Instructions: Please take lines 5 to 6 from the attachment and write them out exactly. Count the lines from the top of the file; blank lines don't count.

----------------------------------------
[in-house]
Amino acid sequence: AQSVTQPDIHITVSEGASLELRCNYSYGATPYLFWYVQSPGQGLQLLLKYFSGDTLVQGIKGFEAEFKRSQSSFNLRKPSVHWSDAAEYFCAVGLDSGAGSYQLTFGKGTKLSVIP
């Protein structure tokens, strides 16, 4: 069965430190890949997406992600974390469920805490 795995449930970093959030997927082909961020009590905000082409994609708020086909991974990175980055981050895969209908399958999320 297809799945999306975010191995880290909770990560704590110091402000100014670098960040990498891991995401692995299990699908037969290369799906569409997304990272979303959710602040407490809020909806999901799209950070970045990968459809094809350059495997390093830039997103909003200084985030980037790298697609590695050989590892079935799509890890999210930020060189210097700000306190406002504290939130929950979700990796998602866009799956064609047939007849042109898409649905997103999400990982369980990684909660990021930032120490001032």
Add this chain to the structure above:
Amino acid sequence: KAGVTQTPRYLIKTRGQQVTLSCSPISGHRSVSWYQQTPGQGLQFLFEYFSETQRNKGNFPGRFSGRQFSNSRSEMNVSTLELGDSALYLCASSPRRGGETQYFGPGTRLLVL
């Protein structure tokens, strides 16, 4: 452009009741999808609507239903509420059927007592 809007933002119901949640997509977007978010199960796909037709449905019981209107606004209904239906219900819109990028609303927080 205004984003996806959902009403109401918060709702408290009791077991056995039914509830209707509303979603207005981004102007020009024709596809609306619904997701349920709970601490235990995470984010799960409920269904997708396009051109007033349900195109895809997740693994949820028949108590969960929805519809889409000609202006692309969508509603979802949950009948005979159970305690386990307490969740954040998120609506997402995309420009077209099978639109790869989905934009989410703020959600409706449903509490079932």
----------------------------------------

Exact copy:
Amino acid sequence: KAGVTQTPRYLIKTRGQQVTLSCSPISGHRSVSWYQQTPGQGLQFLFEYFSETQRNKGNFPGRFSGRQFSNSRSEMNVSTLELGDSALYLCASSPRRGGETQYFGPGTRLLVL
């Protein structure tokens, strides 16, 4: 452009009741999808609507239903509420059927007592 809007933002119901949640997509977007978010199960796909037709449905019981209107606004209904239906219900819109990028609303927080 205004984003996806959902009403109401918060709702408290009791077991056995039914509830209707509303979603207005981004102007020009024709596809609306619904997701349920709970601490235990995470984010799960409920269904997708396009051109007033349900195109895809997740693994949820028949108590969960929805519809889409000609202006692309969508509603979802949950009948005979159970305690386990307490969740954040998120609506997402995309420009077209099978639109790869989905934009989410703020959600409706449903509490079932």